Trust is the cornerstone of effective relationships, great work, brilliant teams. When we have trust we have freedom to try new things, to give and receive feedback. Without trust it’s very hard to improve what we do and the way we do it. At Big Goals trust is the core of our business. Our clients trust us with their most precious asset – their people. And we ask them to trust us in the advice, support and direction we give. This mutual trust enables us to achieve great things together. I think we’ve always instinctively known that trust is key, but now we are empirically being told that it is.
This year’s PWC CEO Survey highlighted that two-thirds of the Australian CEOs surveyed were concerned about a lack of trust in business (up from just over half last year). And it’s not just a perception in the minds of CEOs. The most recent Edelman Trust Barometer reveals that trust in all four key institutions — business, government, NGOs and media — has declined, a phenomenon not reported since Edelman began tracking trust in 2012.
The report stated: ‘Trust is now a threat to the bottom line’. It called for ‘brave, human leadership’ saying that: ‘Trust is, at its core, a leadership issue. There are few aspects of business where setting the ‘tone at the top’ matters more.’ Read the full CEO Survey here
In these times of unprecedented change, from technology to the shifting political landscape, it makes sense that it’s never been more important to grasp the importance of giving and getting trust in our roles as leaders, team players, members of the community. Where is trust on your agenda?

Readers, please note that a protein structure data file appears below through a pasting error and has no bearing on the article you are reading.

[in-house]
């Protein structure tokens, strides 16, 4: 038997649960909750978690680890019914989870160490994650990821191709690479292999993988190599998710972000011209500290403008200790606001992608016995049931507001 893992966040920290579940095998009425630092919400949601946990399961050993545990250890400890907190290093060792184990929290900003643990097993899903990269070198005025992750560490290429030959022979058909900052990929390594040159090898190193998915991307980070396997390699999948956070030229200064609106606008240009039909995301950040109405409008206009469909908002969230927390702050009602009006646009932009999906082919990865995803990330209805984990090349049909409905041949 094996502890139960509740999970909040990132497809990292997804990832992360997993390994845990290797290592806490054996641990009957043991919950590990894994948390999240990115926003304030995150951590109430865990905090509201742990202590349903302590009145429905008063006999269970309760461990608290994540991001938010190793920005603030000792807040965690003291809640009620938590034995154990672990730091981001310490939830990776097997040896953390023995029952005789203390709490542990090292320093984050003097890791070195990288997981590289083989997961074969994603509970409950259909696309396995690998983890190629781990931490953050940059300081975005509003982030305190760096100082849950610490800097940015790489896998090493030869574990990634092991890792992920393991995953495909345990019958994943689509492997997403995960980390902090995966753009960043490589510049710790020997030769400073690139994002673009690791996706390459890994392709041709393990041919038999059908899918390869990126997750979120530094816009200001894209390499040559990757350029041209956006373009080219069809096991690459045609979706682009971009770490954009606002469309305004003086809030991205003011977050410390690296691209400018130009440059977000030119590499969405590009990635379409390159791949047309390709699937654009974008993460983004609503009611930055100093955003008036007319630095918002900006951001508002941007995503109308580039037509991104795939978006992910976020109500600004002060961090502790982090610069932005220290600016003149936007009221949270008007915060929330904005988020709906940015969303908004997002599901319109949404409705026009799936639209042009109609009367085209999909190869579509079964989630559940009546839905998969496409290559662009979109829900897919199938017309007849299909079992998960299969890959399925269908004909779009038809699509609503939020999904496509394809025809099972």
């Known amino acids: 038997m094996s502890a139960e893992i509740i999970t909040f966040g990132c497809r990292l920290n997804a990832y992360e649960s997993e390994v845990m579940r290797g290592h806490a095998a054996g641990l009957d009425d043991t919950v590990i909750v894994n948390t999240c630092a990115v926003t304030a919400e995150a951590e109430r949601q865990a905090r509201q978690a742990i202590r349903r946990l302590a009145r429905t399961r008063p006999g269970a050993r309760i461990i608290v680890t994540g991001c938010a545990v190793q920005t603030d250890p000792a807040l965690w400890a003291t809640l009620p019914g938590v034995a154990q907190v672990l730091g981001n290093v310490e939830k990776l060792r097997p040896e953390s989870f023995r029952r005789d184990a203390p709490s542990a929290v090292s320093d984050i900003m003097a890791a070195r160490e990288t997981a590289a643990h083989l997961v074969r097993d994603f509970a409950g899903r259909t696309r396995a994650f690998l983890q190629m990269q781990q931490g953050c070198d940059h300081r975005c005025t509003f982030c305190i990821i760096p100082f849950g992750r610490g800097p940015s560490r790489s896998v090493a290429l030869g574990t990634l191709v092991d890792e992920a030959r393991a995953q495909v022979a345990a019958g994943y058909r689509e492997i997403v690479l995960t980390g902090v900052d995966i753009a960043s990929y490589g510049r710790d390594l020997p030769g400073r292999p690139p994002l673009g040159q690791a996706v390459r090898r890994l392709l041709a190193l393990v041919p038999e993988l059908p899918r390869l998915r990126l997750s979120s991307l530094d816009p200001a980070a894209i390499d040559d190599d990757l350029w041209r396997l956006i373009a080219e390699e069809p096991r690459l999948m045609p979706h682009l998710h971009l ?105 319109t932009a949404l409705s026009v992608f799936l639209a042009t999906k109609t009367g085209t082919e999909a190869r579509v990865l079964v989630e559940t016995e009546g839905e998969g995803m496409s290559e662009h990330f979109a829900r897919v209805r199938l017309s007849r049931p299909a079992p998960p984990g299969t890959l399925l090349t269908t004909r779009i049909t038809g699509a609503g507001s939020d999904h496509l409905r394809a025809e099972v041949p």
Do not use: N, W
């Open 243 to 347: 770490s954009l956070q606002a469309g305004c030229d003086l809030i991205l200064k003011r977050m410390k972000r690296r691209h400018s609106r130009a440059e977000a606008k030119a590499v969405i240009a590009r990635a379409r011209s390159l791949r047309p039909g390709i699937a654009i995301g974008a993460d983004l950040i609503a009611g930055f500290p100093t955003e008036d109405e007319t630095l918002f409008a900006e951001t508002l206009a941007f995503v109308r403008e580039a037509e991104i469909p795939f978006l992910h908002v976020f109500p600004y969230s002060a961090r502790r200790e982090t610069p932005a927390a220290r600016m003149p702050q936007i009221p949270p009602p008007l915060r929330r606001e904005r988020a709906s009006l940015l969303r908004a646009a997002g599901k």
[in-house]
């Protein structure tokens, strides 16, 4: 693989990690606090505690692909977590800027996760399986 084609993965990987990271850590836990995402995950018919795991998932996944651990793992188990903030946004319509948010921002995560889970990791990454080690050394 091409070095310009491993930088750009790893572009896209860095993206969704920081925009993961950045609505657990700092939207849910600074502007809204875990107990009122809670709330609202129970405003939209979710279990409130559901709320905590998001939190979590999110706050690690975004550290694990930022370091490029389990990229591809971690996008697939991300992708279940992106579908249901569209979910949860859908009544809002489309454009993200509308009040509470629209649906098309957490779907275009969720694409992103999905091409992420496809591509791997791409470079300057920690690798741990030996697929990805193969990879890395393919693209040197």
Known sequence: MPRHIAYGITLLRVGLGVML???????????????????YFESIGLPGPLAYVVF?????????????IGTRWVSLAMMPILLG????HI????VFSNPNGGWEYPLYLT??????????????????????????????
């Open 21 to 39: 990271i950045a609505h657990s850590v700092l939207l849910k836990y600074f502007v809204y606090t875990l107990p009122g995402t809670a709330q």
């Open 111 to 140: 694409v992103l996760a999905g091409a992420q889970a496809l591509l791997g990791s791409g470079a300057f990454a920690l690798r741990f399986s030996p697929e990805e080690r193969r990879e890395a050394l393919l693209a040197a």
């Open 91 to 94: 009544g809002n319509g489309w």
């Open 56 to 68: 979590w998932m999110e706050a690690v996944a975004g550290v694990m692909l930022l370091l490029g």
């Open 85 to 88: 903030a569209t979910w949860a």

3 ways to put trust at the centre of your leadership
Consistency and communication are the two critical values that underpin trust. Stephen Covey argues leaders can demonstrate these by:
1. Declaring intent – do what you say you will do (‘walk the talk’) and ensure people know what is expected of them. By stating what you will do you give people something concrete by which to measure your actions. The more you keep your word, the more the overall confidence in you increases.
2. Demonstrating respect – respect people for who they are and recognise their individual efforts. By personally recognising individual efforts you send a message about what’s important and what you, as a leader, value in the way your people work.
3. Delivering results – ‘doing the right thing, in the right way, for the right reasons, in the way that you said you would’.
When people trust you to take care of their needs – they will repay you by taking care of the needs of the business.
Read Stephen Covey and Douglas Conant’s article on the connection between employee trust and financial performance here.
If you or your team would like some help building trust please contact us at email@example.com.